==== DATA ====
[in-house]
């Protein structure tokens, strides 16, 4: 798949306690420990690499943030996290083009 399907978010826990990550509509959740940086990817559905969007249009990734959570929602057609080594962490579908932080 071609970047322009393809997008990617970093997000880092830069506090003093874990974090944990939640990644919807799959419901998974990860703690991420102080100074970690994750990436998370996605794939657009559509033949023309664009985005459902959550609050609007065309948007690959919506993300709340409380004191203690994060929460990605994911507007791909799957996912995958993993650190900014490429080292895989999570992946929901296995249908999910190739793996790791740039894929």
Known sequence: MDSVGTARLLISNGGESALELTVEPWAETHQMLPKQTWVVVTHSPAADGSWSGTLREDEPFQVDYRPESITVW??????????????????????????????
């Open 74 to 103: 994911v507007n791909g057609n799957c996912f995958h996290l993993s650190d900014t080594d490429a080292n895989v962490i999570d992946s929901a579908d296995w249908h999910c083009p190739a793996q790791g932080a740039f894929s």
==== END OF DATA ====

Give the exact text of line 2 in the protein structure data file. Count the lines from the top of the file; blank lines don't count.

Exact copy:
């Protein structure tokens, strides 16, 4: 798949306690420990690499943030996290083009 399907978010826990990550509509959740940086990817559905969007249009990734959570929602057609080594962490579908932080 071609970047322009393809997008990617970093997000880092830069506090003093874990974090944990939640990644919807799959419901998974990860703690991420102080100074970690994750990436998370996605794939657009559509033949023309664009985005459902959550609050609007065309948007690959919506993300709340409380004191203690994060929460990605994911507007791909799957996912995958993993650190900014490429080292895989999570992946929901296995249908999910190739793996790791740039894929």